Food Engineering students publish in Q1 magazines

Food Engineering students publish in Q1 magazines

The participation of the students of the School of Food Engineering in international internships generates, in addition to new study perspectives and life experiences, that the students can publish in prestigious academic magazines.

During the research stay carried out in 2019 by Diego Panata, the now engineer actively participated in a research project on germinated and selenized chickpea, carried out at the Tecnológico de Monterrey, Mexico, which has earned him part of a publication.

Article Effect of partial replacement of wheat flour with sprouted chickpea flours with or without selenium on physicochemical, sensory, antioxidant and protein quality of yeast-leavened breads studies the applications of legume flours (chickpea) as vehicles for bioactive compounds (selenium) for application in the manufacture of functional foods.  

In this investigation it was determined that chickpea flours can be used to produce breads with higher protein quality and organoleptic properties; In addition, these compound breads containing selenium sprouted chickpea flour contained significant amounts of this essential nutrient known to prevent oxidative stress and cancer.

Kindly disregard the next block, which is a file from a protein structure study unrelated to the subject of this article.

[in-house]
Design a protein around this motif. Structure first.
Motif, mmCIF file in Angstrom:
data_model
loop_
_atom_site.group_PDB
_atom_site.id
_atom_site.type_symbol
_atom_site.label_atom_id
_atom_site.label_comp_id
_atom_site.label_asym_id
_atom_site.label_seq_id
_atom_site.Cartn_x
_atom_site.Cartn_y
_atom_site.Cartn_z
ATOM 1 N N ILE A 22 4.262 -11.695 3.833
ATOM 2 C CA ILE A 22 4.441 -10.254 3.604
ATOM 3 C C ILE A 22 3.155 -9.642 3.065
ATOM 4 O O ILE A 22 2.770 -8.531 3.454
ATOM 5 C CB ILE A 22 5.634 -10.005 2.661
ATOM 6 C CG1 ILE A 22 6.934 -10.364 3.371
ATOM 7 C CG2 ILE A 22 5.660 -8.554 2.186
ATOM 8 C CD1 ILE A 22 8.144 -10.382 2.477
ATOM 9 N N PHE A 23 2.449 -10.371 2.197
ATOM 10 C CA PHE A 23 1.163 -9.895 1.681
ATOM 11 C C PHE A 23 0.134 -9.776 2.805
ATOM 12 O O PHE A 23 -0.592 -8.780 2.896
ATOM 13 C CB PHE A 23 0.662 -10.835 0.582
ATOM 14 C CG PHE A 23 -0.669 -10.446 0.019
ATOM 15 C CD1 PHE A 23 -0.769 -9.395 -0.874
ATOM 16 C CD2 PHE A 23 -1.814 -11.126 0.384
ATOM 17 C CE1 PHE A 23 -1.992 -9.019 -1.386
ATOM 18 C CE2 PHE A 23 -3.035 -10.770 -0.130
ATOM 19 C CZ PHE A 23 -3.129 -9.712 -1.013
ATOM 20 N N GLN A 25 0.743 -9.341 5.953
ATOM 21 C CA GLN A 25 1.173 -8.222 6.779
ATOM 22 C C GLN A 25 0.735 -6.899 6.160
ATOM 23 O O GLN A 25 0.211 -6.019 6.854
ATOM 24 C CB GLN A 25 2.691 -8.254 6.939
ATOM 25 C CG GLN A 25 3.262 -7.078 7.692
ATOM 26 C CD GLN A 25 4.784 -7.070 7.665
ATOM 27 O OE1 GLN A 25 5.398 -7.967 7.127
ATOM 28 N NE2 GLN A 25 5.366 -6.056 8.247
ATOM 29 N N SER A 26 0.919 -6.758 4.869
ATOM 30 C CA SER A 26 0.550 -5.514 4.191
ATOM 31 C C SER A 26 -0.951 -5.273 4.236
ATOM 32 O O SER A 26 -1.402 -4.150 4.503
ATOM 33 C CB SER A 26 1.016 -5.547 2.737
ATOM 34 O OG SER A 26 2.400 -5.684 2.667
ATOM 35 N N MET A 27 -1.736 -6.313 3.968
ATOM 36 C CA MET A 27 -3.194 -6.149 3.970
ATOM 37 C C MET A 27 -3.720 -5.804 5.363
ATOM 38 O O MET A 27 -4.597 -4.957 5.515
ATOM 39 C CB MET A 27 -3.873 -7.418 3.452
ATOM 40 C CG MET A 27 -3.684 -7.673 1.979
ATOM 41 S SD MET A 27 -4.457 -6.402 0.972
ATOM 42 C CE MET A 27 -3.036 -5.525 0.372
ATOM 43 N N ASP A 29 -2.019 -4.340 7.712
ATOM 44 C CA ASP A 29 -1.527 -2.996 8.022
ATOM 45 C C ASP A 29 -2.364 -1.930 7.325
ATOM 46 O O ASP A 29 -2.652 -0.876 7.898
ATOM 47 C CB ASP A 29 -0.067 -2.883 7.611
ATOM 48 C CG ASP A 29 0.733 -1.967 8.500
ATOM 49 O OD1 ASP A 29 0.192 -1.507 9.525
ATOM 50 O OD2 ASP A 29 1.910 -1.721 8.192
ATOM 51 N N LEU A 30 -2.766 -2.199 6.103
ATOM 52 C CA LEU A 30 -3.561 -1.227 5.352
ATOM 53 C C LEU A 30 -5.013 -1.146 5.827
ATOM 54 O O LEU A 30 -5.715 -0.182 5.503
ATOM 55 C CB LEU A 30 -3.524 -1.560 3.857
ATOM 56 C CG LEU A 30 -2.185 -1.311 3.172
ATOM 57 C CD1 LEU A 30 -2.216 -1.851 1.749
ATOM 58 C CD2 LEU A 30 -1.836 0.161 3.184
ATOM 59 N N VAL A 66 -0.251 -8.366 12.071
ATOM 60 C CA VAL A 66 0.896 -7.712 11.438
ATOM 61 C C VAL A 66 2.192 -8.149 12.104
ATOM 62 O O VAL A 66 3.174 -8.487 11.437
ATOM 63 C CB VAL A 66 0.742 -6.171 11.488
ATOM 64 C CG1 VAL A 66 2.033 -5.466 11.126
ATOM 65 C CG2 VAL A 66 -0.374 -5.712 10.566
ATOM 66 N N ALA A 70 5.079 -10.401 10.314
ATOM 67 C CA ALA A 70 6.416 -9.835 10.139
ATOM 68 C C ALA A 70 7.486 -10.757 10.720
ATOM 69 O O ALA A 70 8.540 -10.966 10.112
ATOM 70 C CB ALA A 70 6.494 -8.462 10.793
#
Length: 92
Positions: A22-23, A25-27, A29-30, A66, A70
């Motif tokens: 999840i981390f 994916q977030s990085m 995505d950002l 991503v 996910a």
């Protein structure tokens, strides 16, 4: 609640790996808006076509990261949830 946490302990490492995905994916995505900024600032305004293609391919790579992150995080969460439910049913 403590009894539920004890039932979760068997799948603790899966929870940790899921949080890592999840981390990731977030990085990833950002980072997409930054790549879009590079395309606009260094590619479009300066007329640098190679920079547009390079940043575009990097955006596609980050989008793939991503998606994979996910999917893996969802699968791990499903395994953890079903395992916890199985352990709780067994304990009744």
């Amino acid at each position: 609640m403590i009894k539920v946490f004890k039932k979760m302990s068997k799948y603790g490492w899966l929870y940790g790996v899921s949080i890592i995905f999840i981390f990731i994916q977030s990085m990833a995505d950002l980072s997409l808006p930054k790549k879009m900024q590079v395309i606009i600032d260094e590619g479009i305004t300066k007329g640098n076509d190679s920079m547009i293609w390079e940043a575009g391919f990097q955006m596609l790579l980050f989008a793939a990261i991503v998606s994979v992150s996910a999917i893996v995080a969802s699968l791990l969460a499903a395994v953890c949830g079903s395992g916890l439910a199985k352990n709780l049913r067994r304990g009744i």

"The research stays of our students are carried out under the coordination of the Strategic Research Groups in Food Science and Technology and Industrial Nutrition (GEICA-UDA) and this time by the NutriOmics research group, under the responsibility of Dr. Marco Lazo" , informed María Fernanda Rosales, Coordinator of the race.

In this same group, the now graduated student Ana Romero did her graduate work and her research on the effects of fermentation to reduce the bitterness of lupine grain has just been published.

Article Effects of fermentation with probiotics on anti-nutritional factors and proximate composition of lupine (Lupinus mutabilis sweet) Two applications of yeast together with a mixture of probiotic bacteria were published.

Statistical analyzes of variations in proximal chemical composition and reduction of antinutritional factors indicated that the combination of PB and yeast can be used effectively to reduce levels of antinutritional factors associated with twat.

Both articles are published in the LWT Food Science and Technology magazine (Scopus Q1).

"At the School, four international stays have been carried out for the moment by our students, of which two of them have led to publications," Rosales said, adding:

"These investigations allow us to leave the name of the Food Engineering career high, in which research has been strengthened in recent years through groups led by research professors."